The input voltage is applied to the INPUT terminal (1213V), R6 supplies the operating voltage for U2, and R7 and R8 have the same resistance value. The trigger voltage for TL431 is provided after voltage division so that the reference voltage of point A is +5V; RT1 is a negative temperature coefficient thermistor that is applied to the inverting input terminal 6 of U1 via voltage division of R1 and R2. R5 is the output voltage sampling resistor, which is connected to U1's non-inverting input terminal 5 after being split by R4; Q1 is the electronic switch tube, and the fan voltage is output from the FANOUT terminal.

 

Since Q1 is not turned on at the time of power-on, there is no voltage at point C, and the voltage of pin 6 of U1 is higher than pin 5. Therefore, pin 7 of U1 outputs a low level, Z1 is turned on, Q1 is turned on, and there is the voltage at point C; the emitter of Q1 is connected to the input voltage terminal, so the voltage at point C is approximately equal to the input voltage.

 

After being divided by R5 and R4, it is applied to pin 5 of U1's non-inverting input terminal, and because the voltage of pin 5 is greater than the voltage of pin 6, U1 outputs a high level. Z1 is not conducting, Q1 is not conducting, and there is no voltage output at point C; pin 5's voltage is lower than that of pin 6. Pin 7 of U1 again outputs a low level, causing the voltage of C to remain stable at some value (since the voltage of pin 6 does not vary); that is, the voltage at point C varies with the voltage at point B.

 

At the beginning of the switching power supply operation (or light load operation), the internal temperature is low, the internal resistance of the thermistor RT1 is large, and the voltage at point B is relatively low, so the output voltage at point C is also low, and the speed and wind power of the fan slow down due to the low operating voltage. When the temperature inside the switching power supply is gradually increased (or full load operation), the internal resistance of the thermistor RT1 gradually decreases, and the voltage at point B rises, so the output voltage at point C rises, and the fan speeds up and the wind power increases because the operating voltage rises.

 

When the temperature inside the machine drops, the internal resistance of the thermistor gradually increases, the voltage at point B decreases, and the output voltage at point C also decreases. The fan has a slower rotation speed and a lower wind power due to a lower operating voltage. When the voltage (temperature) at point B rises to a certain level, the voltage of pin 3 of U1 is higher than the reference voltage of pin 2, and pin 1 of U1 outputs a high level and goes back to point B via D1 and R13, so that pin 1 of U1 always outputs a high level, that is, self-locking. The other way will be output to the over-temperature protection circuit via D2 to realize over-temperature protection.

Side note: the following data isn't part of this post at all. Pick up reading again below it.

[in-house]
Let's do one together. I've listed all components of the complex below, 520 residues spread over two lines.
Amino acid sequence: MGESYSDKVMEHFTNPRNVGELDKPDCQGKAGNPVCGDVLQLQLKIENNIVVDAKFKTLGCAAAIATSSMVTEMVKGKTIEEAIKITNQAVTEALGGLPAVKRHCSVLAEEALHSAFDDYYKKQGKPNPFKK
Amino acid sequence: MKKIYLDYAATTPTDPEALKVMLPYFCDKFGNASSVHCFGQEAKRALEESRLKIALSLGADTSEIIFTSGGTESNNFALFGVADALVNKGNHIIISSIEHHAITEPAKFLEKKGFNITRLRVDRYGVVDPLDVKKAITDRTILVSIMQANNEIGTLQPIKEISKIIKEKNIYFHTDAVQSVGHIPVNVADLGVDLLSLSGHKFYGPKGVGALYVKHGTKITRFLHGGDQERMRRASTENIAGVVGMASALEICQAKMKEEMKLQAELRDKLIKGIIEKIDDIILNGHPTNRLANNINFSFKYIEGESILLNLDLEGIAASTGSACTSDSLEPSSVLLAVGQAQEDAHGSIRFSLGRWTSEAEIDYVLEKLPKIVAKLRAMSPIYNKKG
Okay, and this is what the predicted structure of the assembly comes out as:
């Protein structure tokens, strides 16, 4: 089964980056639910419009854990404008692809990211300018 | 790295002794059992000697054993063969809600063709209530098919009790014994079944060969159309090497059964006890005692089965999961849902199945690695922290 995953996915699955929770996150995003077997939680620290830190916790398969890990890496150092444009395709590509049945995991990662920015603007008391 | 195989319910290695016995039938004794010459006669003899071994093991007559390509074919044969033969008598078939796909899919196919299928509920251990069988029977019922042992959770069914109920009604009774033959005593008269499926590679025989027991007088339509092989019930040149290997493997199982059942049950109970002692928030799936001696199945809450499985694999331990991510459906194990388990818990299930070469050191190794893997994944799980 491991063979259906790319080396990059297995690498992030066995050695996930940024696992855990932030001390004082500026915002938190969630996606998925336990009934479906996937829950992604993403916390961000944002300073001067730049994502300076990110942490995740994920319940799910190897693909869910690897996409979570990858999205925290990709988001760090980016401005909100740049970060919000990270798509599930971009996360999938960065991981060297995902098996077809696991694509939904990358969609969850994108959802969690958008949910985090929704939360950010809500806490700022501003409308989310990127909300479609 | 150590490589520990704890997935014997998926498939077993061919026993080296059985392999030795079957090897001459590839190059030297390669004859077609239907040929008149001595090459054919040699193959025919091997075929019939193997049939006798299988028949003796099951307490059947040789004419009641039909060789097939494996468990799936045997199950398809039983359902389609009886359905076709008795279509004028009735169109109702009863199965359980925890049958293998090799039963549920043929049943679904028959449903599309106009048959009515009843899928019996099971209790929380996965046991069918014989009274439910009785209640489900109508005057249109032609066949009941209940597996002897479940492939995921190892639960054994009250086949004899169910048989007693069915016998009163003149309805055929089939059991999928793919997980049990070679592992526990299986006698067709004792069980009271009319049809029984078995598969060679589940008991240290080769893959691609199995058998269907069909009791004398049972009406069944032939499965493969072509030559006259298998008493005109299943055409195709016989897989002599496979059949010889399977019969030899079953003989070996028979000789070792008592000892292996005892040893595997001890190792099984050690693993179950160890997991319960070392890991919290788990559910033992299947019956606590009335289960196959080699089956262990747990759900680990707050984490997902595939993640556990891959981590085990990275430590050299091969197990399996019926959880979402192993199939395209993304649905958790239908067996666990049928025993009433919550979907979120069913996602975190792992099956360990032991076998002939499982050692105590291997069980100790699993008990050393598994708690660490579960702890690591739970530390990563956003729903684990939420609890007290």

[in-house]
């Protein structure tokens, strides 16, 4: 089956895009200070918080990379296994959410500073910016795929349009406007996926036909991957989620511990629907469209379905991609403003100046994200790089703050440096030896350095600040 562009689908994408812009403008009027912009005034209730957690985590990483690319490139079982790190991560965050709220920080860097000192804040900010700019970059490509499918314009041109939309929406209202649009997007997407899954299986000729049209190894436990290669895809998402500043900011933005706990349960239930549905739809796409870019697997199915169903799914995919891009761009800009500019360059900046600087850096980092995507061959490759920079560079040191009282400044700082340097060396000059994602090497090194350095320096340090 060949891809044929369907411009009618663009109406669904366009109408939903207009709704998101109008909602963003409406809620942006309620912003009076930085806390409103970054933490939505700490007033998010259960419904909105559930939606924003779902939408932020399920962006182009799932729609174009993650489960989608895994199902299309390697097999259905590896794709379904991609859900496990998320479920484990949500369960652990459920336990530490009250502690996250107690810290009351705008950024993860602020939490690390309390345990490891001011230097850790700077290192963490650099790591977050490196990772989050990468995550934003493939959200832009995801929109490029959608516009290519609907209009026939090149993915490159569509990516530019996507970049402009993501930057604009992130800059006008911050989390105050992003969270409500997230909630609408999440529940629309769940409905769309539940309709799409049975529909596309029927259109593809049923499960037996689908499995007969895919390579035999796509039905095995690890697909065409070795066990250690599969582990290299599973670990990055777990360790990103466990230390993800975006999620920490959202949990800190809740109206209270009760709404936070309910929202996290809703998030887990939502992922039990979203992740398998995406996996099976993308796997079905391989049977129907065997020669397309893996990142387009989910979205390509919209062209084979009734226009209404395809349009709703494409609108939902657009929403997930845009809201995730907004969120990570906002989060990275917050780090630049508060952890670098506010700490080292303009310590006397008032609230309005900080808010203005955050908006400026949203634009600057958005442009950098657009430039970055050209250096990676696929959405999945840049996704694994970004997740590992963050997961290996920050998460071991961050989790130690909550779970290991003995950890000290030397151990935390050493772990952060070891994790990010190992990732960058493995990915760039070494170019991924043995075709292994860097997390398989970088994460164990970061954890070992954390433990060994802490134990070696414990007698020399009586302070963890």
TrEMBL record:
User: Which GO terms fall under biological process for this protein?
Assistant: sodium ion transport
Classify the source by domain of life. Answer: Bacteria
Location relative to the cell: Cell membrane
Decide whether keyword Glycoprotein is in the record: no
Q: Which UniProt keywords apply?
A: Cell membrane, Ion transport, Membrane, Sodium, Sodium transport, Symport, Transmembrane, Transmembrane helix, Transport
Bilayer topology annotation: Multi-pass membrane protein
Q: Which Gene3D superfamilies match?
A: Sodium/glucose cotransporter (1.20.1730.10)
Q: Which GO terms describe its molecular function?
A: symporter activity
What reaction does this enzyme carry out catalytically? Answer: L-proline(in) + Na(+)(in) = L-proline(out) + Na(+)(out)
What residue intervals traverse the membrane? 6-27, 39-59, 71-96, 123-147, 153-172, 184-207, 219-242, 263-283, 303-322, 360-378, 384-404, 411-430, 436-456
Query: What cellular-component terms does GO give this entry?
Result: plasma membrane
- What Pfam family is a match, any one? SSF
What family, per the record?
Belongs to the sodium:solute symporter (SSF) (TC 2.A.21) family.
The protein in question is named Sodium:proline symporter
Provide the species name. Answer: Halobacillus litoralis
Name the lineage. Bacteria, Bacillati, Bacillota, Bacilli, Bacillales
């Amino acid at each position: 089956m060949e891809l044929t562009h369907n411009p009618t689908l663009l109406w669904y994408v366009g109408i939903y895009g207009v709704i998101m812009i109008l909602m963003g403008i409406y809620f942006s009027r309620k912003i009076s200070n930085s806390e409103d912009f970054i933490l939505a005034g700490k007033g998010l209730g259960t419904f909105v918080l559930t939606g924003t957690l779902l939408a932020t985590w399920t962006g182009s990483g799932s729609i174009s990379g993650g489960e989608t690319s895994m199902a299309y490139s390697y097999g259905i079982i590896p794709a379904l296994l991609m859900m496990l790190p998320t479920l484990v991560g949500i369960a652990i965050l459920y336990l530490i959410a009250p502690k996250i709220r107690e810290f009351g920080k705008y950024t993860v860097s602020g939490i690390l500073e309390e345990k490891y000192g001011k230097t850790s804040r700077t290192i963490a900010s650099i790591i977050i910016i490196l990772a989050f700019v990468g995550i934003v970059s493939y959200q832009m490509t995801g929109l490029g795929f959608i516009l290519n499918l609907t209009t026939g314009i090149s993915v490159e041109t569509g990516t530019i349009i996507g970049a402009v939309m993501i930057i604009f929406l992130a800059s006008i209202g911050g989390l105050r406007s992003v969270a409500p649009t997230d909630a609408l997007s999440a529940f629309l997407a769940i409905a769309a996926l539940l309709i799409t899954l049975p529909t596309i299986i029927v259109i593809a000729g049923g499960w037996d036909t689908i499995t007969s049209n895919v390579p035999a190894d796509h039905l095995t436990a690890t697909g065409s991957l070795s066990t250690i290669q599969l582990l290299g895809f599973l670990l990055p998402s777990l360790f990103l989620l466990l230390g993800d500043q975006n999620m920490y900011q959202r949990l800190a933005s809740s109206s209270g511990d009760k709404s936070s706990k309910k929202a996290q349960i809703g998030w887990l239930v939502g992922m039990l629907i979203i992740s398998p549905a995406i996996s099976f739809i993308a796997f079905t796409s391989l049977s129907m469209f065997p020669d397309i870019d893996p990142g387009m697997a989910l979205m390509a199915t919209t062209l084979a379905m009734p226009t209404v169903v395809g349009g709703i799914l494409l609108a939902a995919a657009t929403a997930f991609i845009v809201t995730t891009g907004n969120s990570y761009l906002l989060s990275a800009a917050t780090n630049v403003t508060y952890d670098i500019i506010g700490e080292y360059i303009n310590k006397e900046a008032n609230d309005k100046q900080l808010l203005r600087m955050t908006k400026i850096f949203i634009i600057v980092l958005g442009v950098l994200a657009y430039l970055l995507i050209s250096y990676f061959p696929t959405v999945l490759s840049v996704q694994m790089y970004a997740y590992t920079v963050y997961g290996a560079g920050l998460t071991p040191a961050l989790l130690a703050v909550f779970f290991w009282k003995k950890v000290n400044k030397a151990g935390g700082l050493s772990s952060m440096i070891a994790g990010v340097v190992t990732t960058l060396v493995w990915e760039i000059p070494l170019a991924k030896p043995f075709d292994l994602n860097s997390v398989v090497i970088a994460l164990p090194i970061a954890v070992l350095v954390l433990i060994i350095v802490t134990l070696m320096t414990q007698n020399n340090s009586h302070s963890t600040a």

XV Current Sharing Technology

15.1 What is Current Sharing Technology?

In communication equipment or other electrical equipment, to make the system work uninterruptedly, the requirements for the power supply system are very high. In addition to requiring the performance of the power supply itself to be stable, another method is to use the 1+1 backup method, that is, one device is powered in parallel with two power supplies. When one of them is damaged, the other one can continue to supply power to the system. In normal operation, each power supply provides the same energy, that is, the voltage and current they output are basically the same. To make the voltage and current output of each power supply basically the same, the current sharing technology is used.

The principle is as shown below:

Current Sharing Technology

Figure 26. Current Sharing Technology

15.2 Working Principle

A current sampling voltage amplifier is formed by U1A, R1 to R7, C1 to C5, and VR1; a voltage follower is formed by U1B and D1. R10 is a current sharing voltage output resistor; R11 to R14, U2A, and C6 to C10 form a balanced voltage comparator; R15 to R17 and Q1 are electronic switches; R30 to R33, C17, C18, and U2B form an overcurrent protection circuit; R19 to 28, D2, D3, D4, C12 to C14, and Q2 are power supply output voltage regulation loops, of which D2 D3 and R19 D6 is a diode that isolates the output.

 

When the power supply is turned on, the voltage amplifier constituted of +IS and -IS supplied to U1A amplifies the current sampling voltage detected by the current loop or manganese copper wire. The output is separated into two halves after being divided by R5, R6, R7, and VR1. D1 works as an isolation to prevent voltage changes on the current sharing bus from impacting the previous stage circuit, while the other is sent to the overcurrent protection circuit.